While many Georgians are praying for rain, all equestrians know the troubles that come with that double-edged sword, the mud. It never seems to matter how much or when, the mud always makes an appearance. More than simply a nuisance, muddy conditions can be unsafe for horse and rider causing slips and falls, create health conditions such as thrush and pastern dermatitis, and decrease feed efficiency of ground feeders and hay. What is a horse owner to do?
Try to mitigate the problem before it starts with facility layout and management. If possible, put feeding areas, barns or shelters, and high traffic areas on higher ground to decrease water accumulation and muddy conditions.
Embrace that high-traffic areas will likely always be high-traffic areas. When these areas experience repeated use, especially in wet conditions, the likelihood of vegetation holding in place is low. These areas are now susceptible to mud unless treated and managed. Try designating an area as a sacrifice paddock to decrease the number of high-traffic areas you are managing. Think about a high-traffic pad or alternate footing to help improve drainage.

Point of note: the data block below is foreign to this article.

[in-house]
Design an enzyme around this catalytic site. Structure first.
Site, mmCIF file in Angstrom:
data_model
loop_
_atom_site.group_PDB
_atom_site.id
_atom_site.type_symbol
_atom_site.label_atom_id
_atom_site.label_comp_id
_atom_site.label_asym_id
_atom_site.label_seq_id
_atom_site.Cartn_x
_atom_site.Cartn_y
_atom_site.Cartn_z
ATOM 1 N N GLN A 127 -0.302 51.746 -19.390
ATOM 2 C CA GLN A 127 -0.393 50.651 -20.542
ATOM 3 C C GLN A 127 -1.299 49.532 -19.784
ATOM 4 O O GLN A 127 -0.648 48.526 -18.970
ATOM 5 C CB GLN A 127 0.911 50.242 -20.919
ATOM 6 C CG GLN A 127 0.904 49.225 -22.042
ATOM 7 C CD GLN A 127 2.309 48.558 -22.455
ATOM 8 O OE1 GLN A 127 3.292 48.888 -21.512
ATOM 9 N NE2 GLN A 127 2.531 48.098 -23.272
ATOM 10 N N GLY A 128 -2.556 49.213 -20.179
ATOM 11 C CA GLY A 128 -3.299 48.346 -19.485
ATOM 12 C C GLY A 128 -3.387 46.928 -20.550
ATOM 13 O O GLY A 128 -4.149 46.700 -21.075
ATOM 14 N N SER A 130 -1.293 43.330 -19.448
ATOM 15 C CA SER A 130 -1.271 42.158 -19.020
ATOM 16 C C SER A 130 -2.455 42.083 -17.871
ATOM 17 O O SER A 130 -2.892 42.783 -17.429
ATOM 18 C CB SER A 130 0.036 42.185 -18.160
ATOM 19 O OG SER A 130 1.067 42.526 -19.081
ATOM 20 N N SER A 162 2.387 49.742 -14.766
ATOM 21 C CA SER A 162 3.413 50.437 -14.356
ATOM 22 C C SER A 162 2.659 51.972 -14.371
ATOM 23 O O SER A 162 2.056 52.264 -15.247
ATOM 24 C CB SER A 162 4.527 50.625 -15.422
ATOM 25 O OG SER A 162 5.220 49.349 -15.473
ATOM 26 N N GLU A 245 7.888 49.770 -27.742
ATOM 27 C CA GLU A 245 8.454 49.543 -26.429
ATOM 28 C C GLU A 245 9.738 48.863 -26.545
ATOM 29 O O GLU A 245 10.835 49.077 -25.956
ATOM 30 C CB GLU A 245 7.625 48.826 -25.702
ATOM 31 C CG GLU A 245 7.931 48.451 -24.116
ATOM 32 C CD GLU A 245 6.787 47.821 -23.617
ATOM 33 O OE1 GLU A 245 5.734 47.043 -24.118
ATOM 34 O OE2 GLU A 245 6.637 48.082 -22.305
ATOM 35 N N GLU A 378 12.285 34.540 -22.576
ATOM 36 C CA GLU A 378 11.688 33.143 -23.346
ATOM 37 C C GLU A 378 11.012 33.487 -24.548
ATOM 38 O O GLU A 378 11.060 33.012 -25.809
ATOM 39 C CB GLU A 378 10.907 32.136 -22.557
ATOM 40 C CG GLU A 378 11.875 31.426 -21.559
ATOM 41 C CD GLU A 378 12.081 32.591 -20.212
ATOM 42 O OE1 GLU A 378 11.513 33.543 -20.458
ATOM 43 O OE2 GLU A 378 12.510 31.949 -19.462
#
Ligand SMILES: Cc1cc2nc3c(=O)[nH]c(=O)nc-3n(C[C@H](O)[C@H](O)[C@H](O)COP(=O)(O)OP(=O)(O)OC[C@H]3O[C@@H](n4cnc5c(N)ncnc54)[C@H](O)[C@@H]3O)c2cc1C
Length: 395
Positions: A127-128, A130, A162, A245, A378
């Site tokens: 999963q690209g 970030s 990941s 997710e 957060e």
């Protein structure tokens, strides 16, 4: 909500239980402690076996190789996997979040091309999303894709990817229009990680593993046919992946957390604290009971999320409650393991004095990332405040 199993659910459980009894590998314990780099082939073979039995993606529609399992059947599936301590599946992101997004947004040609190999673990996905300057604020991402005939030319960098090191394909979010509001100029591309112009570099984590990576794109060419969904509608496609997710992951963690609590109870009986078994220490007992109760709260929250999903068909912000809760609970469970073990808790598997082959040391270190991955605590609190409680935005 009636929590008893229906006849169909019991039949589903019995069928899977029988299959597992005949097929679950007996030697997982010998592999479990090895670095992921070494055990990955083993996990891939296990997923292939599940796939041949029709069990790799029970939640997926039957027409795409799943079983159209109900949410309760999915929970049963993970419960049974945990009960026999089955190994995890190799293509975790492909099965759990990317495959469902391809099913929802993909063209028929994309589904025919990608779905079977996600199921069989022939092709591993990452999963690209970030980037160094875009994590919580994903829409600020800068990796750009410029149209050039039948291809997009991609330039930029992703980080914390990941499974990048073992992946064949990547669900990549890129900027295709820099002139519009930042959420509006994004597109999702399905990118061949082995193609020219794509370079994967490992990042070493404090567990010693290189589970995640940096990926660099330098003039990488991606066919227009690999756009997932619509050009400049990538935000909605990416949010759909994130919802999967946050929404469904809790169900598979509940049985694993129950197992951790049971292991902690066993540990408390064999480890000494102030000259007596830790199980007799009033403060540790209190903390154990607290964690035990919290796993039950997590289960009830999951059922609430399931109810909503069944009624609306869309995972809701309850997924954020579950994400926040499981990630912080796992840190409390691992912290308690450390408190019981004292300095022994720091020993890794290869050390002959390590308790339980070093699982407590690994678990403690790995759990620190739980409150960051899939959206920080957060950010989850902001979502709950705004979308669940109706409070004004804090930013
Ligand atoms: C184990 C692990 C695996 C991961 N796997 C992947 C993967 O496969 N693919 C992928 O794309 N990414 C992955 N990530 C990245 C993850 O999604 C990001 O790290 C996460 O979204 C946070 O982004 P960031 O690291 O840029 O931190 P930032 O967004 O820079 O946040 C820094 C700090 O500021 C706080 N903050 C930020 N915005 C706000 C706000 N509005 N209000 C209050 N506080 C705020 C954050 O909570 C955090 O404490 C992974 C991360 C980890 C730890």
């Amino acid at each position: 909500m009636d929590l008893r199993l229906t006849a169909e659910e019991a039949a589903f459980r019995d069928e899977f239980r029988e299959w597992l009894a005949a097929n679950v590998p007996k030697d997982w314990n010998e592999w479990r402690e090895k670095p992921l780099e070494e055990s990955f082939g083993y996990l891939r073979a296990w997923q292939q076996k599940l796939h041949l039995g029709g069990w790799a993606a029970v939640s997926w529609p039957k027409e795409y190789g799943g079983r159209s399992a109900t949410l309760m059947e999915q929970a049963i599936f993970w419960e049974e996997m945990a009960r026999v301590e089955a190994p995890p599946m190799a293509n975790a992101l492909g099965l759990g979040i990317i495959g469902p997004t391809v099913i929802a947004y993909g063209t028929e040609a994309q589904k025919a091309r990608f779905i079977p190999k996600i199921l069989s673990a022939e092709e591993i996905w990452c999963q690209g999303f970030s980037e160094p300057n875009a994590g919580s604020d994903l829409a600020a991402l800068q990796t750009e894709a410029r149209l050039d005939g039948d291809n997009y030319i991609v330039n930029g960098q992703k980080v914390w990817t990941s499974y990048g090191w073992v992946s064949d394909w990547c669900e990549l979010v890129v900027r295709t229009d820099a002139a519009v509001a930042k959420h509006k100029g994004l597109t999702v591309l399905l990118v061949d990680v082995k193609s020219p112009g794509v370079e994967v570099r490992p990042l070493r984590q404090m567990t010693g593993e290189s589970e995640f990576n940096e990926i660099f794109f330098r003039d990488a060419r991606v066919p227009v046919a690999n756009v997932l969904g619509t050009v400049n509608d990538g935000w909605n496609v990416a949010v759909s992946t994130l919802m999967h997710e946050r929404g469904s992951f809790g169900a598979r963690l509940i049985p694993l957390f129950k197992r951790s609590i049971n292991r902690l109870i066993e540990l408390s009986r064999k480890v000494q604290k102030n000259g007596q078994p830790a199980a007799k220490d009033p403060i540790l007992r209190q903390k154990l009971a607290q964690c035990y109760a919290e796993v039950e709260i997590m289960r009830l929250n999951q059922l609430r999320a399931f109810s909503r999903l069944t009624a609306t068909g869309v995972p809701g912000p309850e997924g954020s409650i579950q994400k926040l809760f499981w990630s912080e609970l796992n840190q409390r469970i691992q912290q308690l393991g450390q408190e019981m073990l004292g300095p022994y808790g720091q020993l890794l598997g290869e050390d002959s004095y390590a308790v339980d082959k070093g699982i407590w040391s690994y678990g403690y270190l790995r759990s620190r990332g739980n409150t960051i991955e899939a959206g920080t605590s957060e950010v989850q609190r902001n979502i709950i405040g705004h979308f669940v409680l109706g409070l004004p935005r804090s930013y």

If timing is not on your side or permanent mud fixes are not in place, you may need to turn to temporary solutions to aid in mud alleviation. If you need to bring in amendments to combat the water and mud, be sure to only use materials such as gravel, dirt, or sand that will not break down quickly. Adding shavings to these areas can results in a soupy mess that doubles as a bacteria farm. Keep in mind that materials can still create runoff in heavy rains, so this technique should be used with caution.
Think outside of the box. Mud is a formidable foe, so you might have to get creative to find the strategy that works for your barn. That might mean investing in gutters to divert rain away from structures. You may have to designate different feeding routines in the heavy rain months to rest paddocks or use higher ground. If mud still sticks around, just remember to stay safe! Slow horses down to reduce fall risks and check them regularly for signs of wet-weather health conditions.
Brooklyne Wassel, Pike County Extension Coordinator & Agriculture and Natural Resources Agent